4:18 pm - Thurs 8/12/04
Thurs 8/12/04 (6:00 a.m.)
In a current post on Craigslist, a guy wants another guy to come over to his house and trim his body hair.
He specifies "No freaks".
Well, I'd like my happiness to come from somewhere inside, and not depend so much on externals, but thus far–"thus far" being, oh, the past 43 years or so–I haven't been able to "work that out".
So that being the case, I'm glad "externals" are going pretty well right now.
JS is going to call me back to confirm, but it looks like the Time-Warner radio spot is on for tomorrow morning, around 11:00, at a recording studio on Melrose. I'm looking forward to it; I've been in recording studios on a few occasions, but it's still something of a novelty for me (The guy told JS he expected it to take somewhere from an hour to an hour-and–a-half, and they're paying $500).
Having JS tell me how much they're going to pay for the radio spot got me thinking again about the money I make for non-union stuff (And at some point, I'm going to quit talking about how much money I make on these things–I think it's a little gauche, to be honest–but for now, it's the only concrete way I have of "tracking my progress")
On the one hand, there's a part of me that feels pretty stoked; getting $500 for maybe an hour-and-a-half's work is not too shabby (Though you have to remember–When I mention a dollar figure for a non-union gig, that's going to be minus JS's 20% cut; it's 10% for union stuff). I came out here, in large part, to get paid, and when I do get paid, even the "low-end money" is more money than I've ever seen for doing anything in my life.
Not to mention it's getting paid for something I actually enjoy doing. It's undeniably gratifying, no two ways about it.
We're into August, and Friday's gig will be my third for the year. Take out taxes, and JS's percentage, and I've made maybe $3200 from acting for the year to date (One goal of mine for the year is to break the $5000 mark; I read somewhere once that the majority of SAG actors make less than $5000 a year from acting, so I immediately wanted to beat that, on my way to bigger and better goals).
In short, I don't think the non-union money is ever going to pan out, not if you're talking about making a living. I'd have to do what I've done so far this year every month in order to advance to "the next level"; a beautiful dreamland where I'm done with Borders, taking acting classes, doing theatre at night, and auditioning for commercials, tv, and movies during the day (And I'm able to pay for parking. And I can afford to date. And I can put away a little each month for the future).
I just said that the average SAG actor doesn't make a living from acting either. SAG membership, in and of itself, is not necessarily the "keys to the kingdom". This acting thing is an uphill battle any way you slice it.
But at least with a SAG card, there's a minumum you can be paid. There are residuals, overtime, health insurance, a pension, free movie screenings and special events, free dvds at awards time--"for your consideration"--and probably a host of other good things that come with that little membership card (I think SAG has its own credit union as well).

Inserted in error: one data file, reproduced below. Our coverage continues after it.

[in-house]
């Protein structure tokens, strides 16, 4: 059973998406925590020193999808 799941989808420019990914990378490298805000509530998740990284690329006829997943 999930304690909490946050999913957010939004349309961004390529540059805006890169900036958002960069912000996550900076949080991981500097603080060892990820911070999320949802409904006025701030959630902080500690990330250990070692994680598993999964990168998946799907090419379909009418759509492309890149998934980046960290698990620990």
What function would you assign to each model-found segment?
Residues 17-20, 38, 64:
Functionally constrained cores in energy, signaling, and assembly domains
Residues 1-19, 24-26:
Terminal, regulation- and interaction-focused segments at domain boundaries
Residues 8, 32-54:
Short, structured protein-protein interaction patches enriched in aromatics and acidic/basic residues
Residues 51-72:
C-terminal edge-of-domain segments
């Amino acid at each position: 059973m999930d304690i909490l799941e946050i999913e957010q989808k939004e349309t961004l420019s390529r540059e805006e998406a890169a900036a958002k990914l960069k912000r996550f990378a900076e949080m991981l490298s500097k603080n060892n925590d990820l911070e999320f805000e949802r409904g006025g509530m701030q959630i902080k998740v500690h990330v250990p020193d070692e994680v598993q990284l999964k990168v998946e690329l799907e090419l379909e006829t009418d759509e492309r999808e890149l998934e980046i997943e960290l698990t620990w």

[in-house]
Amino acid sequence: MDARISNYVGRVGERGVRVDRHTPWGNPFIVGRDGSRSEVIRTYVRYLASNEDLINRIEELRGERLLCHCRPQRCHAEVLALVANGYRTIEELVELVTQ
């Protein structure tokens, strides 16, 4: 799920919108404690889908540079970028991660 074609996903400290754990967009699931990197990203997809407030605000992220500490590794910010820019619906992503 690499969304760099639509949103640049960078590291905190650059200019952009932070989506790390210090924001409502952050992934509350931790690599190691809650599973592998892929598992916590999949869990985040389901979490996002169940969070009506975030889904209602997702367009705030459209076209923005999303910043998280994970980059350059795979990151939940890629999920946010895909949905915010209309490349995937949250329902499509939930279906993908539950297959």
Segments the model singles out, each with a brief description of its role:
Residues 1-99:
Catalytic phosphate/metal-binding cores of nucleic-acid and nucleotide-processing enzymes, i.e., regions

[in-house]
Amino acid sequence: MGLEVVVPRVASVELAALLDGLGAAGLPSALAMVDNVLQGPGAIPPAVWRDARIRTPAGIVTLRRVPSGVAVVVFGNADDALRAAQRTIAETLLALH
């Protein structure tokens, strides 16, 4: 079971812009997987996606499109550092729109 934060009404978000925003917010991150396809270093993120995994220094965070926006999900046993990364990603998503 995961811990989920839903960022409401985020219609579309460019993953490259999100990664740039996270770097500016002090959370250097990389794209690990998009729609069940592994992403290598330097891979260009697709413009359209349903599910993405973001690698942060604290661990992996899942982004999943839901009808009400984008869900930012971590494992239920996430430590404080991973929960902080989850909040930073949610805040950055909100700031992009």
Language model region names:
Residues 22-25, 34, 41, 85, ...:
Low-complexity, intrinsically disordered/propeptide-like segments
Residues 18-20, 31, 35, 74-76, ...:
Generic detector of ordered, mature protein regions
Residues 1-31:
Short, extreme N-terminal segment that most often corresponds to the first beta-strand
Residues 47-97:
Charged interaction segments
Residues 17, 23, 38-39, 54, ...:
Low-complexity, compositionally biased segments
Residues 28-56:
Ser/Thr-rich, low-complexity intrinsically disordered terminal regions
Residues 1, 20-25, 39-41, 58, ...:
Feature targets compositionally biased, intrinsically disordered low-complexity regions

So SAG membership is definitely another "goal on the way to bigger and better goals". Another "rung on the ladder", if you will.
I feel a little embarrassed when I go off on money stuff, afraid I'm creating the impression that that's all I care about.
But I think it's interesting–When I write about "the next level", my "beautiful dreamland", there's nothing there about money, per se, and there's nothing there about things; it's all about "doing stuff". Acting. Auditioning. Parking. Dating. Saving.
Obviously, the money means something to me. Every time I write about getting paid for a gig, I mention that it's "more than I've ever gotten paid to do anything before". I'm a middle-aged man, and I've never gotten a decent wage for anything I've ever done, so starting to get paid, and fairly well-paid, for who I am and what I "bring to the table" is very meaningful to me. Maybe I shouldn't attach so much value to that, but what can I do? I live in a capitalist society.
And it would be bullshit to say that "stuff" has no appeal for me. Part of my dreams of success are definitely dreams of having "stuff" around me that I like, that helps make life more enjoyable (ex. They're coming out with a Mini convertible for 2005. And just recently, I've found myself obsessing over the Vespa "Gran Turismo", wondering if it could possibly be at much fun to tool around on as it looks. And for whatever reason, when I envision my future, I envision it with me writing my Diaryland posts on a laptop). While I'm very aware that I currently have everything I need, I wouldn't be at all averse to upgrades in a few key areas.
But more than what money "means" to me emotionally, more than the "stuff" money can buy, the important thing is what money can do.